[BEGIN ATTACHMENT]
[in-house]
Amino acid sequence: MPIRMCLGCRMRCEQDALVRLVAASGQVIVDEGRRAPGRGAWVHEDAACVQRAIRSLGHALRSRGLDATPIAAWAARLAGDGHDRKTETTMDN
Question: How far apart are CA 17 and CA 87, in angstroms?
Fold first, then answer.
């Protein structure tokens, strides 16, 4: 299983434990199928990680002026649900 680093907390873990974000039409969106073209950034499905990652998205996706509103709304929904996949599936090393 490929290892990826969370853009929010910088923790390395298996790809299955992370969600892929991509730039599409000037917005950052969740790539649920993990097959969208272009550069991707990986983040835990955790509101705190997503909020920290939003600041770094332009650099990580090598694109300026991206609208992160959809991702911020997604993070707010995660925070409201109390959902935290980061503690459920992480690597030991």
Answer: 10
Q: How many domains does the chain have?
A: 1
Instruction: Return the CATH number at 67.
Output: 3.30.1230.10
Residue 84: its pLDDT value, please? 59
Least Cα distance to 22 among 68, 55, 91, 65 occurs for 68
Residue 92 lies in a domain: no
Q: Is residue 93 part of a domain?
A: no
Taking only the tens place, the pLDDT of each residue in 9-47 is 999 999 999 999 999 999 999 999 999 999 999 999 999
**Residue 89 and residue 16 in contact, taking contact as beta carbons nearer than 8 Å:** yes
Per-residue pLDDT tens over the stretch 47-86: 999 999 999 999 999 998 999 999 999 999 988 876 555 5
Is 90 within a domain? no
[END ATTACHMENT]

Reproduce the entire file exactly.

[in-house]
Amino acid sequence: MPIRMCLGCRMRCEQDALVRLVAASGQVIVDEGRRAPGRGAWVHEDAACVQRAIRSLGHALRSRGLDATPIAAWAARLAGDGHDRKTETTMDN
Question: How far apart are CA 17 and CA 87, in angstroms?
Fold first, then answer.
């Protein structure tokens, strides 16, 4: 299983434990199928990680002026649900 680093907390873990974000039409969106073209950034499905990652998205996706509103709304929904996949599936090393 490929290892990826969370853009929010910088923790390395298996790809299955992370969600892929991509730039599409000037917005950052969740790539649920993990097959969208272009550069991707990986983040835990955790509101705190997503909020920290939003600041770094332009650099990580090598694109300026991206609208992160959809991702911020997604993070707010995660925070409201109390959902935290980061503690459920992480690597030991």
Answer: 10
Q: How many domains does the chain have?
A: 1
Instruction: Return the CATH number at 67.
Output: 3.30.1230.10
Residue 84: its pLDDT value, please? 59
Least Cα distance to 22 among 68, 55, 91, 65 occurs for 68
Residue 92 lies in a domain: no
Q: Is residue 93 part of a domain?
A: no
Taking only the tens place, the pLDDT of each residue in 9-47 is 999 999 999 999 999 999 999 999 999 999 999 999 999
**Residue 89 and residue 16 in contact, taking contact as beta carbons nearer than 8 Å:** yes
Per-residue pLDDT tens over the stretch 47-86: 999 999 999 999 999 998 999 999 999 999 988 876 555 5
Is 90 within a domain? no